|Pisgah - |
A ridge of the Abarim mountains W. from Heshbon. Nebo was a town on, or near, that ridge, lying on its western slope (Numbers 21:20; Numbers 32:3; Numbers 32:38; Deuteronomy 32:49; Deuteronomy 34:1). From Pisgah, Israel gained their first view of the Dead Sea and Jordan valley; hence Moses too viewed the land of promise. The correct designation for the mount is not "Nebo" (which has become usual for convenience sake) but "the mountain adjoining Nebo." In Scripture Nebo denotes only the town (Isaiah 15:2; Jeremiah 48:1-22). The uniform peakless nature of Pisgah caused its parts to be distinguished only by the names of the adjacent villages. It always has the article "THE Pisgah" E. of Jordan, near "the field of Moab, opposite Jericho." The field of Zophim was on it Ashsoth-Pisgah; Deuteronomy 3:17. frontASHDOTH-PISGAH.)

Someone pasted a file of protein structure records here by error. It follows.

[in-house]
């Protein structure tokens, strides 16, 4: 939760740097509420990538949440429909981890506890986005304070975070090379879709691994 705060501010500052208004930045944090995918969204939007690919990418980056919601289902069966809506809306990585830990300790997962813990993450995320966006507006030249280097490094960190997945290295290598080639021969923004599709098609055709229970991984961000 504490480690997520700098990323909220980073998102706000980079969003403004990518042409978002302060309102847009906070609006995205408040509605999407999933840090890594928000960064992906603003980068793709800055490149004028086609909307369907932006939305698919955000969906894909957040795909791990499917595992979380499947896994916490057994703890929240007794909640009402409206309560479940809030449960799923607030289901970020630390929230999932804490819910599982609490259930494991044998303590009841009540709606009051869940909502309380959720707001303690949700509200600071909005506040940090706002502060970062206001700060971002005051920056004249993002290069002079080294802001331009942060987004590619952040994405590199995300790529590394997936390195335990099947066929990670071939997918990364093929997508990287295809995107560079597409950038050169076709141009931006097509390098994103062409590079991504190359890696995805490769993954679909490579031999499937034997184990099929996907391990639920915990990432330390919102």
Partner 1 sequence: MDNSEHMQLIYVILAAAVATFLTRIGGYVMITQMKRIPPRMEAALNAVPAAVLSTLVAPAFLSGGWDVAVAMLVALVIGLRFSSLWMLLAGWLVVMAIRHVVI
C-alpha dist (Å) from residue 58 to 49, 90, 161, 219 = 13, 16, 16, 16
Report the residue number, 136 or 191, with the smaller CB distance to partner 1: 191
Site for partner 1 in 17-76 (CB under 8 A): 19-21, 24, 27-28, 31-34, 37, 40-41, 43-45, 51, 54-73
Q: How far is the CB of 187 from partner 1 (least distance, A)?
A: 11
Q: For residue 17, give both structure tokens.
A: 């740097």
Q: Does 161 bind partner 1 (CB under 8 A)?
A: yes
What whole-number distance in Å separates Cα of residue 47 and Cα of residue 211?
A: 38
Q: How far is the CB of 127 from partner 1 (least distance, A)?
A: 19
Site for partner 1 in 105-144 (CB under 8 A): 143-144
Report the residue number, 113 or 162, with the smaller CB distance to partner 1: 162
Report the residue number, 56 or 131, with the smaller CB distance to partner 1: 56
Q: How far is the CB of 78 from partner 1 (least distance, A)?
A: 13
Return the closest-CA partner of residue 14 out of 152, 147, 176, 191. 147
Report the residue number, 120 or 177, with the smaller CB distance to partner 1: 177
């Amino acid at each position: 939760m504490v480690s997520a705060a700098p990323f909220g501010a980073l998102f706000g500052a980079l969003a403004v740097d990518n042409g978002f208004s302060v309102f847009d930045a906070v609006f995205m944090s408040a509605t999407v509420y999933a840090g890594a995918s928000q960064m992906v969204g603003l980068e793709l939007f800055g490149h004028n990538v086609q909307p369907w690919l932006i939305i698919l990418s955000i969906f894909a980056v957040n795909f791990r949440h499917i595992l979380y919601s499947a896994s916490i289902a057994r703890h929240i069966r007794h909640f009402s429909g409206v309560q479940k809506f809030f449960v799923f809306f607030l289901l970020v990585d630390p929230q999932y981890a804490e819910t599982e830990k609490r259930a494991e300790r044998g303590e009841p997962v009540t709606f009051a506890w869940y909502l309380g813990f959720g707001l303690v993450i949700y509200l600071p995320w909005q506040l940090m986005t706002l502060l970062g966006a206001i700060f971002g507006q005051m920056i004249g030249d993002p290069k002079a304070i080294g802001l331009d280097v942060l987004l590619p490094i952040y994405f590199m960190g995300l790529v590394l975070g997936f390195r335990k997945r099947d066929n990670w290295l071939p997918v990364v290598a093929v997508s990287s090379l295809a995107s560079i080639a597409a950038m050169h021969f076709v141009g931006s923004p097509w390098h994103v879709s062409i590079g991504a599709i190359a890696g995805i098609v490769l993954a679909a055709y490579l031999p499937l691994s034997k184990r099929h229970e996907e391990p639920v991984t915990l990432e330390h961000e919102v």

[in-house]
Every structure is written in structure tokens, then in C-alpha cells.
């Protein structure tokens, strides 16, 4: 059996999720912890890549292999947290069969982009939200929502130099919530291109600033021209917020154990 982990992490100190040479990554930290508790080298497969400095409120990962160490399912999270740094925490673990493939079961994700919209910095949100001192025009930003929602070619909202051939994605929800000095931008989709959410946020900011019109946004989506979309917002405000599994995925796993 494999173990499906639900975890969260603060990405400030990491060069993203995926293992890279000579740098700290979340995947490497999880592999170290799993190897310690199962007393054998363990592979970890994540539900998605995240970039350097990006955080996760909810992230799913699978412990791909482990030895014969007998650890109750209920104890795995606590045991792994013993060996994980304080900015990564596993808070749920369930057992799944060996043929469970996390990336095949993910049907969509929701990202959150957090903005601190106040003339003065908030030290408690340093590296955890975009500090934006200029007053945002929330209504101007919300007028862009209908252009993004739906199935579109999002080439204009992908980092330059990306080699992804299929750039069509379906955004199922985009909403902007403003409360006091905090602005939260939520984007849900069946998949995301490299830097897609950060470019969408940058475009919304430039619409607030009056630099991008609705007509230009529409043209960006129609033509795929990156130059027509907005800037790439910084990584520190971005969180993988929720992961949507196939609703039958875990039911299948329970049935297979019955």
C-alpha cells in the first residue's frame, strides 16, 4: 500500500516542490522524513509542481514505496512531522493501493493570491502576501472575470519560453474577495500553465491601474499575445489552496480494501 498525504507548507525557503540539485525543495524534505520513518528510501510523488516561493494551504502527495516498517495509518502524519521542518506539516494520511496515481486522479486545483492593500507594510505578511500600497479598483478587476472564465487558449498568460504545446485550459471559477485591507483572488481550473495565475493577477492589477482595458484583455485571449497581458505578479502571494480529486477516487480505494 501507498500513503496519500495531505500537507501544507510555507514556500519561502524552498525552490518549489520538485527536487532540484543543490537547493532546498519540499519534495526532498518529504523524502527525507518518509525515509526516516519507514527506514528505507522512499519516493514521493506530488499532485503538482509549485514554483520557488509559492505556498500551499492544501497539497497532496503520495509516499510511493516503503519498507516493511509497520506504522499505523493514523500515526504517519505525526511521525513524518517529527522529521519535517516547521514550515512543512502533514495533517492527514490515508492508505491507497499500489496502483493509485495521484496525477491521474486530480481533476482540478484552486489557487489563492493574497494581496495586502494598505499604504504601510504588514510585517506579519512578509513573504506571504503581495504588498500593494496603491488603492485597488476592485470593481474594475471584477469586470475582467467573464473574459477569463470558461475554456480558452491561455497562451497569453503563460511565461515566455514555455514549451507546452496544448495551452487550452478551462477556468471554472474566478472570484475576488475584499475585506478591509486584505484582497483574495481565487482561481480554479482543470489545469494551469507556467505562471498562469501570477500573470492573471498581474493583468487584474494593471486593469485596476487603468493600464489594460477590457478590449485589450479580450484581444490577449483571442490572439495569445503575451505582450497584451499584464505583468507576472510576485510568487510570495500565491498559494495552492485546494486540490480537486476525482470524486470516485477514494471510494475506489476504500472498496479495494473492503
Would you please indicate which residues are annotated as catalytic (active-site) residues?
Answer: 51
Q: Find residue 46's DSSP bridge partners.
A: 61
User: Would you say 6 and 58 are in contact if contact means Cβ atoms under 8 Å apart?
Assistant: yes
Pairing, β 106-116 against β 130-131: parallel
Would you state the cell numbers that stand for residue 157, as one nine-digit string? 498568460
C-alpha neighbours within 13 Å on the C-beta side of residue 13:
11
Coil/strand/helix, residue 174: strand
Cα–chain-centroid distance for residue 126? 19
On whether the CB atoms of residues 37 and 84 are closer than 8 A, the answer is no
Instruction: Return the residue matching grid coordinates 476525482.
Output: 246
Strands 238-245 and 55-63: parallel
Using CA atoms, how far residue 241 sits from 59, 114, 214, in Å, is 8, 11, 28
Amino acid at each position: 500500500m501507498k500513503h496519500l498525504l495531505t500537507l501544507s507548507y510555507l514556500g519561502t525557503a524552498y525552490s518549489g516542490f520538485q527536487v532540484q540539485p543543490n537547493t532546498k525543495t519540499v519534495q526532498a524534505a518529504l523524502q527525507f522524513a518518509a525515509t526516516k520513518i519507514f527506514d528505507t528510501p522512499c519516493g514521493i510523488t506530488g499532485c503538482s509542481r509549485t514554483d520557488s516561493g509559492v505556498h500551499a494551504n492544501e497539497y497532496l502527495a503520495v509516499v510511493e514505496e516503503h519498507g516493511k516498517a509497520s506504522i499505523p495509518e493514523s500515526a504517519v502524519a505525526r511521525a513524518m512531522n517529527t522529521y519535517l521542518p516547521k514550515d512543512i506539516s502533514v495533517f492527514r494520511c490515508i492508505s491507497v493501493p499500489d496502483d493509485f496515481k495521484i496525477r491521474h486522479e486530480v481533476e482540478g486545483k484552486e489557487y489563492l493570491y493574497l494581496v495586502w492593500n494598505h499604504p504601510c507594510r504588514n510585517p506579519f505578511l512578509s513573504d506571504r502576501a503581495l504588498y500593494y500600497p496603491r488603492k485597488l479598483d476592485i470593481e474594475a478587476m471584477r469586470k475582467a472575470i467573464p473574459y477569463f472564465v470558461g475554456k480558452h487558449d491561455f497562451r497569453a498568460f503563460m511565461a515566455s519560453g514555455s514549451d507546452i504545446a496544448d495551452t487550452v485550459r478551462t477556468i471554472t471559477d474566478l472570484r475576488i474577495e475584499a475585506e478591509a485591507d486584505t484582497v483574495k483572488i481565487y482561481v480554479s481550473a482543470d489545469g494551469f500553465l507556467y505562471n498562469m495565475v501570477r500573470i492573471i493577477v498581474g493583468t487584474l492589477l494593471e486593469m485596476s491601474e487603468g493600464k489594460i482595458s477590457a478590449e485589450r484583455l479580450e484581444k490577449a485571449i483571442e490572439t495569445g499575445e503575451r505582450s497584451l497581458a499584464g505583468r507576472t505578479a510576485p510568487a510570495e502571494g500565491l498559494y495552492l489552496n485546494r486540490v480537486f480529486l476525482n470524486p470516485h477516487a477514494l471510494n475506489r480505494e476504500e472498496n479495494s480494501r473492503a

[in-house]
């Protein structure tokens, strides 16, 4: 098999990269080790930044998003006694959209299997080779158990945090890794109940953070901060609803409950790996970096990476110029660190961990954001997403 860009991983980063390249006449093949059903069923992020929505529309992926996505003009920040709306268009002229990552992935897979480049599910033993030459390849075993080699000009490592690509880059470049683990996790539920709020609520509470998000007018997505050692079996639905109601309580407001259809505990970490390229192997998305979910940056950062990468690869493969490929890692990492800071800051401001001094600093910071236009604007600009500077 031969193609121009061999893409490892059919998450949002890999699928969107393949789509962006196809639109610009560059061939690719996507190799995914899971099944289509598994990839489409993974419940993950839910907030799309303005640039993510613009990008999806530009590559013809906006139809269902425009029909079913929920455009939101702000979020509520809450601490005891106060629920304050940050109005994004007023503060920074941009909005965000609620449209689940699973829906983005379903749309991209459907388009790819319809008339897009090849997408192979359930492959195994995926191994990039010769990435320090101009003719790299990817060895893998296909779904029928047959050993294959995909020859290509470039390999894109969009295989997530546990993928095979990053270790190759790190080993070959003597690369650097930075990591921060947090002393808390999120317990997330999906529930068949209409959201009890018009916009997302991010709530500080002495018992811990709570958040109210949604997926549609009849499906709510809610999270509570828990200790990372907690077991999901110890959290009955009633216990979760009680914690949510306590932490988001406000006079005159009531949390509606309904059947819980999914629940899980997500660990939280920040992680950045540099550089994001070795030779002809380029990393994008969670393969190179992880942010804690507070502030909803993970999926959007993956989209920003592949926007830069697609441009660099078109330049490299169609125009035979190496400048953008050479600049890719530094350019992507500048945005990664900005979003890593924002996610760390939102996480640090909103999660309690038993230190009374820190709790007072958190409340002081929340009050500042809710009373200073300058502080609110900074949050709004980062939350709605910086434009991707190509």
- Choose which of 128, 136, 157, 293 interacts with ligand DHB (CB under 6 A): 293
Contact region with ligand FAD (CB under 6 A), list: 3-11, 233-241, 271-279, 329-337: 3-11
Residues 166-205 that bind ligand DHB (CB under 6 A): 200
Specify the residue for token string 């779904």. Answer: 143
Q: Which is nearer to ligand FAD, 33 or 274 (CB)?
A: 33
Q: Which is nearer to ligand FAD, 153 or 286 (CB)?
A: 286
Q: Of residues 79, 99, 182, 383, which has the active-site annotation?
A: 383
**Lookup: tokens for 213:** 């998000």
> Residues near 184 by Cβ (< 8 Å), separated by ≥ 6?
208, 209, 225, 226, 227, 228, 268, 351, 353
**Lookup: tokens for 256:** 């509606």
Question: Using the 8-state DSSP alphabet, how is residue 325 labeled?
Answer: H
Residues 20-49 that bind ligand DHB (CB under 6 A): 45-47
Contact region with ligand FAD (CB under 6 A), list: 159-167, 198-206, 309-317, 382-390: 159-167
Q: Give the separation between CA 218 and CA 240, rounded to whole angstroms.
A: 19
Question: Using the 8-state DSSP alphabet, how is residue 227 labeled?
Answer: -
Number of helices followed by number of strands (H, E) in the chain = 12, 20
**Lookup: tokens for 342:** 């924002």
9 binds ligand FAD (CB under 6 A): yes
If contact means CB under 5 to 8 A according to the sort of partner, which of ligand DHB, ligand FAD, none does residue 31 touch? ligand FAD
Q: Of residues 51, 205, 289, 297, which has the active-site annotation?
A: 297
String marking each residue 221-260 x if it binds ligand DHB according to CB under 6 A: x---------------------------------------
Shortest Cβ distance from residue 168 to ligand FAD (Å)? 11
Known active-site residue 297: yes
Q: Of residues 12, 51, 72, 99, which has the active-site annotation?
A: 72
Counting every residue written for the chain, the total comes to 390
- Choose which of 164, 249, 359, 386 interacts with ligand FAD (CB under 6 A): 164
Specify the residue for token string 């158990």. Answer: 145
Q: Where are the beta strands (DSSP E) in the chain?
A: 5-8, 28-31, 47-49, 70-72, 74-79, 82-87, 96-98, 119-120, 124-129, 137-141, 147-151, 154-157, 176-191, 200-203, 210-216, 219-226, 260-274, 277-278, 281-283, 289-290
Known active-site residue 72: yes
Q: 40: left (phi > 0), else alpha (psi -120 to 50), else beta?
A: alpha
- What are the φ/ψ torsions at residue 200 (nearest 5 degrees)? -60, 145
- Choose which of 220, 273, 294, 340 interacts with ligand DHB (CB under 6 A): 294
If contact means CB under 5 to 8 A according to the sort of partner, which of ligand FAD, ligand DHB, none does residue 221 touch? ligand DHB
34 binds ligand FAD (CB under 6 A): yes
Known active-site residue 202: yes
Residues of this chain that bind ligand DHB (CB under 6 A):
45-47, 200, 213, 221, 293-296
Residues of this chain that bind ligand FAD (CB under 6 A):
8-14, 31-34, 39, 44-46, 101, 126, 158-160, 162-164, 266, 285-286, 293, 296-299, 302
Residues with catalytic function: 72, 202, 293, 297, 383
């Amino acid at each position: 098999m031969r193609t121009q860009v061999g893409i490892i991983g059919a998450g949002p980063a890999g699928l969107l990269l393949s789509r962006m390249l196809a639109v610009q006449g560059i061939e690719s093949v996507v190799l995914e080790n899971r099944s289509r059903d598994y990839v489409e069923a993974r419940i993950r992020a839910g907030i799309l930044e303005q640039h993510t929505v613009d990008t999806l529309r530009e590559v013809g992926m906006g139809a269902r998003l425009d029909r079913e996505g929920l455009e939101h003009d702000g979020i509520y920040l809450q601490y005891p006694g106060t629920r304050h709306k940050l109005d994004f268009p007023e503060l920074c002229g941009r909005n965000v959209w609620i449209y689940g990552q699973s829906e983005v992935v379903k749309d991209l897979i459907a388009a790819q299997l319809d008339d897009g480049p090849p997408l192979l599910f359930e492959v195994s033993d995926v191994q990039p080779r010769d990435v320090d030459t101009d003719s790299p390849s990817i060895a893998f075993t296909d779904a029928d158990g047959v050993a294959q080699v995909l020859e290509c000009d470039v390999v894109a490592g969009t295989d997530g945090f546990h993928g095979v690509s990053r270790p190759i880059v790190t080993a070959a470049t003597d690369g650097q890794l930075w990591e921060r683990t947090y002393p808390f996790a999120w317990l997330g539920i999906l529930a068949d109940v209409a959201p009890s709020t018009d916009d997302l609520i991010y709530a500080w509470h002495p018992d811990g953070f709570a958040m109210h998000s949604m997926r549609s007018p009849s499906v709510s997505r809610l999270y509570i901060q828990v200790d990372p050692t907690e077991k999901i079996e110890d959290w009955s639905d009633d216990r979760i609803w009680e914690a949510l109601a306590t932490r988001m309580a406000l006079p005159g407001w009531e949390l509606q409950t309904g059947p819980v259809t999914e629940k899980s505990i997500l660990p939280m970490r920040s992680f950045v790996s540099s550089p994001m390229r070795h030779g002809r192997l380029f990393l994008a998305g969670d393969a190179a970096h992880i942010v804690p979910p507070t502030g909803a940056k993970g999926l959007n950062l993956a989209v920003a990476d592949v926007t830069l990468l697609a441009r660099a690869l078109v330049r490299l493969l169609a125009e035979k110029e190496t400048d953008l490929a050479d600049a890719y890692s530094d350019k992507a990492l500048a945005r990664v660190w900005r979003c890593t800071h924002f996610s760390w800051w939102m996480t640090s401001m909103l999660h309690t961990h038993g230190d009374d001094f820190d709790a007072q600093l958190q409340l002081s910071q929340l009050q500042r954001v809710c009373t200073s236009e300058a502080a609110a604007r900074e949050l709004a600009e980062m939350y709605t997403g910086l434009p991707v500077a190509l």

Pisgah is derived from paasag "to divide," a detached range of Abarim. Tristram from a point about 4,500 ft. high, three miles S.W. of Heshbon and one and a half W. of Main, saw to the N. and E. the Gilead hills, and the vast Belka ocean of grain and grass; to the S., Her and Seir of Arabia; to the W., the Dead Sea and Jordan valley and the familiar objects near Jerusalem; and over Jordan, Gerizim's round top, and further the Esdraelon plain and the shoulder of Carmel; to the N. rose Tabor's outline, Gilboa and little Hermon (jebel Duhy); in front rose Ajlun's dark forests, ending in Mount Gilead, behind Es Salt (Ramoth Gilead) The name Pisgah survives only on the N.W. end of the Dead Sea, in the Ras el Feshkah (Hebrew: Rosh ha-Pisgah, "top of Pisgah"). Jebel Siugah ("fragment") probably answers to Pisgah. It is "over against Jericho," and the view corresponds. It is a fragment cut off by declivities on all sides, and separated from Nebo by the wady Haisa.